We live life surrounded by a sea of choices. The only way to make sense of these competing interests is to filter our choices through priorities. Our priorities are determined by what we do rather than what we say. As the adage goes, “Actions speak louder than words.” The actions of addiction shout out the priorities of the addicted person. No number of assurances, excuses, rationales, promises, or protestations can drown out an addiction’s true priority, which is to continue at any cost.
Those associated with an addict understand, at some level, that they come in below the addiction on a priority list. These loved ones recognize, by the addiction’s supremacy, that they have been rejected. This is the reality they’ve lived with every day of the addiction. They may have cried out in frustration, “If you loved me, you’d stop!” only to watch the addiction continue. They’ve come to understand the intensity of their love was not sufficient to change the addiction. They can support the change, but they cannot mandate the change. This can leave family members with an overwhelming sense of helplessness. And because this helplessness is painful to experience, they may harbor unresolved anger toward the addicted loved one.
The addict, however, while actively listening to and believing the voice of the addiction, can fail to see or recognize the damage being done to others. This isn’t that surprising; the addict, blinded by the addiction, often fails to see or recognize the damage being done to themselves.
Are you at a place where you’re able to see and recognize the pain your addiction has brought to your relationships? What has your addiction done to your marriage or romantic relationship? Are you a parent? What has your addiction done to your child? What about your parents? How has your addiction changed the relationship you have or had with them? What about other family or friends? What has been your response when confronted by loved ones about your addiction? How many times have you chosen to continue your addiction, regardless of the pain expressed by others? How many relationships have you lost because of your addiction?
Step 8 of the Twelve Steps of Alcoholics Anonymous speaks about the need to make a list of all the people your addiction has harmed. There’s a reason this isn’t the second or third or even fifth step. Admitting where our direct actions have harmed another human being, especially those we love, is a gut-wrenching personal undertaking. We face tremendous temptation to minimize the negative consequences of our actions, a temptation addiction is all too willing to promote.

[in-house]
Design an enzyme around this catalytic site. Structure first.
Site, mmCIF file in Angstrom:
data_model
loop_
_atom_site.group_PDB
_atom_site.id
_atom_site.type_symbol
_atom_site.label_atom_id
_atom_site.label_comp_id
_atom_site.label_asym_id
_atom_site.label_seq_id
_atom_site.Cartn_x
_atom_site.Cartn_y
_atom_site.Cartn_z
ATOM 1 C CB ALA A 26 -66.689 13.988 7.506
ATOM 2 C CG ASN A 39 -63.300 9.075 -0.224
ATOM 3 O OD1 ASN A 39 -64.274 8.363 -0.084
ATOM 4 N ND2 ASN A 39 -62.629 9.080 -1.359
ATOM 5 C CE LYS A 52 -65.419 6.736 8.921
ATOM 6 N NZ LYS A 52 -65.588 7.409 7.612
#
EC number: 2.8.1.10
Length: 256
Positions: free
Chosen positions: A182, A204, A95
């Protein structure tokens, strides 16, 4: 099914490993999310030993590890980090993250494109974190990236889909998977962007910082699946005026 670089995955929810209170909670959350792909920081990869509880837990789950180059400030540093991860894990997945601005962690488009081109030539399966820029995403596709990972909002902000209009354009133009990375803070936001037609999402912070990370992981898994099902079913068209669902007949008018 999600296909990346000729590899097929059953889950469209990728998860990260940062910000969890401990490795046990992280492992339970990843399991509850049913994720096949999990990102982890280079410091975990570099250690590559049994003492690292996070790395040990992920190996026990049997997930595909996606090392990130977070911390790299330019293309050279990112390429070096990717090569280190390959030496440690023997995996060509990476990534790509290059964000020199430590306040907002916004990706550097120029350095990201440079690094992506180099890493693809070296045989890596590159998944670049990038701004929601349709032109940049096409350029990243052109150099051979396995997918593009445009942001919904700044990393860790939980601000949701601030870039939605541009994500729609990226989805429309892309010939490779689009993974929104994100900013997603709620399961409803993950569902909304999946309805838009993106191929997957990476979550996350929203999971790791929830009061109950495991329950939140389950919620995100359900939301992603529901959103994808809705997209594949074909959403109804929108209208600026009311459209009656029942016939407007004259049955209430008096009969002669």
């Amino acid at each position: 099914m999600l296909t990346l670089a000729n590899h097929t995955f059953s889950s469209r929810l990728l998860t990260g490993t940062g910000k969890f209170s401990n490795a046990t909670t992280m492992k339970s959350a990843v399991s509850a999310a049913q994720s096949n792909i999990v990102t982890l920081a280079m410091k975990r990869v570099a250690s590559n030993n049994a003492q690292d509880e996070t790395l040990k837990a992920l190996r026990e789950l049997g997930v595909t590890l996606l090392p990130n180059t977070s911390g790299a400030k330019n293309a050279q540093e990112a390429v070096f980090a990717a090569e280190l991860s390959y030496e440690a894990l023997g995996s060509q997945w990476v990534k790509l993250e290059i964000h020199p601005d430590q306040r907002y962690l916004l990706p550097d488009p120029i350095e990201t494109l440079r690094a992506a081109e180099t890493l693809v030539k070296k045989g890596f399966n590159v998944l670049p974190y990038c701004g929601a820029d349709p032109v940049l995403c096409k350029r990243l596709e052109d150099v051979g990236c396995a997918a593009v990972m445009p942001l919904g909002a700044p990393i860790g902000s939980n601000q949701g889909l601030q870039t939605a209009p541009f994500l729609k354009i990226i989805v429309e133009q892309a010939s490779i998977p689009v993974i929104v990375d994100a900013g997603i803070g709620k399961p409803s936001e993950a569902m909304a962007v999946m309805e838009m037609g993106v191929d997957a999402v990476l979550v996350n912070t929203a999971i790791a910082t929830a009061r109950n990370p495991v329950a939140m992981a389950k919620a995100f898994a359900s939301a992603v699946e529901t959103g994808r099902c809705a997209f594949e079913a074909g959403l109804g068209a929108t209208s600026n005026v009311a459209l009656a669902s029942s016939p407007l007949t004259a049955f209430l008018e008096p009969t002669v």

The first answer to “Why can’t I see what this is doing to others?” is because the addict mind is blinded to the true consequences of the addiction. Whenever you try to see beyond the veil of the addiction, you’re presented with all sorts of reasons why you’re not really seeing what you’re seeing and why others are not really experiencing what they’re feeling. Within the haze of addiction, you can’t see truth clearly.
The second answer to “Why can’t I see what this is doing to others?” is because you don’t want to. The truth is too painful, and avoiding pain is an overriding reason for your addiction. You don’t want to fully grasp the breadth and scope of the pain your addiction has caused or is causing others, especially those closest to you, those you love, those most vulnerable, those you have a duty to protect. Without the haze of your addiction, you’re afraid of seeing the truth clearly; you’re afraid of seeing the truth about you clearly.
If your addiction has affected your relationships, The Center • A Place of HOPE is here to help. Our team is skilled at navigating these sensitive issues. For more information, fill out this form or call 1-888-747-5592 to speak confidentially with a specialist today.